Uncertainty and Expectations Make Penguins Head Coaching Job Too Much For First Time Coaches
The Penguins head coaching position has been unofficially passed on by three prospective coaches. Many outside of the organization are wondering why this might be.
Well, after years of regular season success and playoff disappointment, the Penguins fired one of the most well respected General Managers in the league. They then botched the firing of then head coach Dan Bylsma by keeping him for three weeks after the club already made their decision on him being fired.
All of this has culminated in a rather turbulent and uncertain time period. The repercussions of this have finally been felt.
Coaches looking to make their first debut in the league are turning away from the Pittsburgh market to head elsewhere in hopes of retaining a position for a longer term. The relatively short time period of Rutherford’s GM contract, just three seasons, is playing a role in the coaches choices.
Add in the Penguins extremely high expectations of winning a Stanley Cup in the immediate season to follow and you have a position that will be very much a job for a coach of a more veteran pedigree.
The problem is, Pittsburgh does not really want a true veteran coach.
The Penguins would like a system alteration, not a complete overhaul. They want a young coach to come in and work with the stars while simultaneously educating the young talented prospects on defense. The best way to do so is to get a coach who is used to winning and one that is used to working in the development process of young players as well.
Young coaches are not always eager to jump into a cup contending role though. Dan Bylsma was really an outlier in his role as coach early on in his career. With no true NHL coaching experience, very little coaching experience at that, he went on to win the Stanley Cup in his first season.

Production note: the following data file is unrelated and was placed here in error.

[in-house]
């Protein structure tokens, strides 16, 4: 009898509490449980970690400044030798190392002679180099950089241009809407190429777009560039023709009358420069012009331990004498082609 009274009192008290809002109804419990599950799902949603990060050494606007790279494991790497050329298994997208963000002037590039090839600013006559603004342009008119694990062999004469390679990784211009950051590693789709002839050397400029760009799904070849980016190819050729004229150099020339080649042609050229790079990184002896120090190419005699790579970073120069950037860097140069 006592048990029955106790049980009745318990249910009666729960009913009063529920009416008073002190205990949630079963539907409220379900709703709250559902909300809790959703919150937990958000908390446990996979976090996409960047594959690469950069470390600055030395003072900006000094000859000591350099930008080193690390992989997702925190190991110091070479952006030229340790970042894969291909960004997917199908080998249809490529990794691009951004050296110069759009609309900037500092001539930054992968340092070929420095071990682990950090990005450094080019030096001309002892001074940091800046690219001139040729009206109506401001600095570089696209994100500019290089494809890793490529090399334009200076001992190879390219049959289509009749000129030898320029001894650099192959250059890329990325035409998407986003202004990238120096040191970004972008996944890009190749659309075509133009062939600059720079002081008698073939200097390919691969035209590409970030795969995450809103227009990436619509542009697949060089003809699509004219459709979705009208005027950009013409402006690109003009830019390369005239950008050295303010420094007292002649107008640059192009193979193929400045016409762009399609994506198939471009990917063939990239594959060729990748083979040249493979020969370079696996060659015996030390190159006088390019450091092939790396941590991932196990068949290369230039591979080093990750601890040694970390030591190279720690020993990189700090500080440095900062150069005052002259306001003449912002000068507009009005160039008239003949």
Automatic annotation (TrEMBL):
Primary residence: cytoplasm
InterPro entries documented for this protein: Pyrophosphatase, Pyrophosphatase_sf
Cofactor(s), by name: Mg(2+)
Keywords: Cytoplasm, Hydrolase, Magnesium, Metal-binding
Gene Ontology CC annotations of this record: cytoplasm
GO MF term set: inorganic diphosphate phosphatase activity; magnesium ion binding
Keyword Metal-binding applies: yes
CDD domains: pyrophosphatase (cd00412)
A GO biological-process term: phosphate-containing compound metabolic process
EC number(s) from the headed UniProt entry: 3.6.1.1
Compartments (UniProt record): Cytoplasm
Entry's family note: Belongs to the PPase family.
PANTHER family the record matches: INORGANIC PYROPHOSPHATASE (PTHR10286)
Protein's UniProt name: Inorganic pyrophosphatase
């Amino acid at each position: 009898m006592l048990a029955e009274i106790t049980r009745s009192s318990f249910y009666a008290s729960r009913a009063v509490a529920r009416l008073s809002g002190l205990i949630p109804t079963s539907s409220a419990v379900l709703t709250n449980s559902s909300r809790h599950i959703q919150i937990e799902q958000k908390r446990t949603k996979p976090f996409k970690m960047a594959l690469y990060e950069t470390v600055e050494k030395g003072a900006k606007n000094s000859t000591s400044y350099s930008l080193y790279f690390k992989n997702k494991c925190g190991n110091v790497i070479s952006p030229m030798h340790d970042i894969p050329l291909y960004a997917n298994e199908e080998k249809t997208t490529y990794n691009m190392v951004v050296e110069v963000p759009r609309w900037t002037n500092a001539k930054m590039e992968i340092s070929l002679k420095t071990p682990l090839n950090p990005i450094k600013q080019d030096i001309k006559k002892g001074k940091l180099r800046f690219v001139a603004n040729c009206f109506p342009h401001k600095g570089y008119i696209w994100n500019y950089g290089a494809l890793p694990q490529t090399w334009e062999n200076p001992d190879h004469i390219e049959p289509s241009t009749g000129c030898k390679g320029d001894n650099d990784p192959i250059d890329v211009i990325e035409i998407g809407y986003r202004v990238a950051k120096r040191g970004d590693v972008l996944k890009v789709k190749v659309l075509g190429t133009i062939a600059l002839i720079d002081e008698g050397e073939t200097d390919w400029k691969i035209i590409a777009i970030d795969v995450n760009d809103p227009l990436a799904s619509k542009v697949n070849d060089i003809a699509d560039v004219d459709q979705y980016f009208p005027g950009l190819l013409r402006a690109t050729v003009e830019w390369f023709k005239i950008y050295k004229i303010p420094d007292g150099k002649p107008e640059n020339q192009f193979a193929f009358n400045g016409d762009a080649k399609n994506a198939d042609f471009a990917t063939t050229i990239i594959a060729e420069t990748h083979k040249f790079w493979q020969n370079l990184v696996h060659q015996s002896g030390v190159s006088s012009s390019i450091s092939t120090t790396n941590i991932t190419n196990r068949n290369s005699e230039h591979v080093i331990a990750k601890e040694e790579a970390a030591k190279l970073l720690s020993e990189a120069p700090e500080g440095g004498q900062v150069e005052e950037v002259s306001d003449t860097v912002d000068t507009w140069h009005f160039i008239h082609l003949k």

Pittsburgh is not going to get any coach to just jump in out of the AHL and bring them to glory like that and that is partially why the Penguins have not landed a coach yet.
A head coach will need to be hired soon, with the draft and free agency looming around the bend. For Pittsburgh that means picking a third or fourth choice for the job, not something anyone saw coming after the firings took place.
At this point, the Penguins would be best served going with a face that they know well. A coaching hire of Ulf Samuelsson would bring a familiar face back to Pittsburgh. He could also recruit Rick Tochett to be an associate coach. The most likely hire though is the Penguins AHL head coach John Hynes. He is very well respected within the organization and is presumably ready to accept the offer.
Pittsburgh does not have the ideal coaching situation that they once thought, but the Penguins cannot afford to wait any longer in making their decision. The organization needs to make a hire and start the new regime right away or else they are doomed for more uncertainty in the following weeks.